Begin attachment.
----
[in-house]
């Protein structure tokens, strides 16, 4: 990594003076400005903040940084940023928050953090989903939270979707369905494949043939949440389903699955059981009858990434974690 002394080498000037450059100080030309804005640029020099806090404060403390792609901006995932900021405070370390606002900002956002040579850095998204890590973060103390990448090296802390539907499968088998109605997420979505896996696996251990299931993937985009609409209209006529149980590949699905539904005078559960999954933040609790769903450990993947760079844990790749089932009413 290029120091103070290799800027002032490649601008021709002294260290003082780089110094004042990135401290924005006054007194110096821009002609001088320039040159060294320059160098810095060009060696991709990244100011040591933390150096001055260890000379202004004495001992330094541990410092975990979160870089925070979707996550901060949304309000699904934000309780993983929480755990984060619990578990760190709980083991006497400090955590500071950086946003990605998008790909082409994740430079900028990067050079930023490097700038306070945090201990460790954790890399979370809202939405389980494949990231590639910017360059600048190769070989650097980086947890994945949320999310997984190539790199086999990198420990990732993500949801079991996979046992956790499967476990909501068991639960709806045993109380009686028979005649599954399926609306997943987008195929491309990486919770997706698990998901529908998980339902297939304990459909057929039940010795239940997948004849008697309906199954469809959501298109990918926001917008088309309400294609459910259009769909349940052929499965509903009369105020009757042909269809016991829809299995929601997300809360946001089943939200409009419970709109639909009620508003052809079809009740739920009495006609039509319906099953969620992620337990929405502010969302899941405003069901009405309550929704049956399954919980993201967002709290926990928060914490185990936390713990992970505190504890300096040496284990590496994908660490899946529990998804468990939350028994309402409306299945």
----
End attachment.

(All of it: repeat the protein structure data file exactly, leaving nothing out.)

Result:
[in-house]
């Protein structure tokens, strides 16, 4: 990594003076400005903040940084940023928050953090989903939270979707369905494949043939949440389903699955059981009858990434974690 002394080498000037450059100080030309804005640029020099806090404060403390792609901006995932900021405070370390606002900002956002040579850095998204890590973060103390990448090296802390539907499968088998109605997420979505896996696996251990299931993937985009609409209209006529149980590949699905539904005078559960999954933040609790769903450990993947760079844990790749089932009413 290029120091103070290799800027002032490649601008021709002294260290003082780089110094004042990135401290924005006054007194110096821009002609001088320039040159060294320059160098810095060009060696991709990244100011040591933390150096001055260890000379202004004495001992330094541990410092975990979160870089925070979707996550901060949304309000699904934000309780993983929480755990984060619990578990760190709980083991006497400090955590500071950086946003990605998008790909082409994740430079900028990067050079930023490097700038306070945090201990460790954790890399979370809202939405389980494949990231590639910017360059600048190769070989650097980086947890994945949320999310997984190539790199086999990198420990990732993500949801079991996979046992956790499967476990909501068991639960709806045993109380009686028979005649599954399926609306997943987008195929491309990486919770997706698990998901529908998980339902297939304990459909057929039940010795239940997948004849008697309906199954469809959501298109990918926001917008088309309400294609459910259009769909349940052929499965509903009369105020009757042909269809016991829809299995929601997300809360946001089943939200409009419970709109639909009620508003052809079809009740739920009495006609039509319906099953969620992620337990929405502010969302899941405003069901009405309550929704049956399954919980993201967002709290926990928060914490185990936390713990992970505190504890300096040496284990590496994908660490899946529990998804468990939350028994309402409306299945």